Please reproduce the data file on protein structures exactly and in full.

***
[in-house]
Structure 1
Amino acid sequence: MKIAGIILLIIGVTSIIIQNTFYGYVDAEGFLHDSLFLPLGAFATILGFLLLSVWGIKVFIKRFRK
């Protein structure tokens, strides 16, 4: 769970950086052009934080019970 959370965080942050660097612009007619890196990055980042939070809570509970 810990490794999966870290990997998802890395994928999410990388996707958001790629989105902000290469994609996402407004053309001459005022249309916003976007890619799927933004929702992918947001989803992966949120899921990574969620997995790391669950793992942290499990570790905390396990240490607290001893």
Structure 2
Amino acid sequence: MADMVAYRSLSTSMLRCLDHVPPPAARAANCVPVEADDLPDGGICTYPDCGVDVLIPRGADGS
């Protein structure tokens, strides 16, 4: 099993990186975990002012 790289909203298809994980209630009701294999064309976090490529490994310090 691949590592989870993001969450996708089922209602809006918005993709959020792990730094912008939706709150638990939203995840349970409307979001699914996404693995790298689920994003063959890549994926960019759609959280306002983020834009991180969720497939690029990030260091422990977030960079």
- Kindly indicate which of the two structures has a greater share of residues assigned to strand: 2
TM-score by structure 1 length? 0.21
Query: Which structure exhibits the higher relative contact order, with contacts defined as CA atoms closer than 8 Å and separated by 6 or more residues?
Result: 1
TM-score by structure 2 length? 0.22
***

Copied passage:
[in-house]
Structure 1
Amino acid sequence: MKIAGIILLIIGVTSIIIQNTFYGYVDAEGFLHDSLFLPLGAFATILGFLLLSVWGIKVFIKRFRK
């Protein structure tokens, strides 16, 4: 769970950086052009934080019970 959370965080942050660097612009007619890196990055980042939070809570509970 810990490794999966870290990997998802890395994928999410990388996707958001790629989105902000290469994609996402407004053309001459005022249309916003976007890619799927933004929702992918947001989803992966949120899921990574969620997995790391669950793992942290499990570790905390396990240490607290001893």
Structure 2
Amino acid sequence: MADMVAYRSLSTSMLRCLDHVPPPAARAANCVPVEADDLPDGGICTYPDCGVDVLIPRGADGS
């Protein structure tokens, strides 16, 4: 099993990186975990002012 790289909203298809994980209630009701294999064309976090490529490994310090 691949590592989870993001969450996708089922209602809006918005993709959020792990730094912008939706709150638990939203995840349970409307979001699914996404693995790298689920994003063959890549994926960019759609959280306002983020834009991180969720497939690029990030260091422990977030960079």
- Kindly indicate which of the two structures has a greater share of residues assigned to strand: 2
TM-score by structure 1 length? 0.21
Query: Which structure exhibits the higher relative contact order, with contacts defined as CA atoms closer than 8 Å and separated by 6 or more residues?
Result: 1
TM-score by structure 2 length? 0.22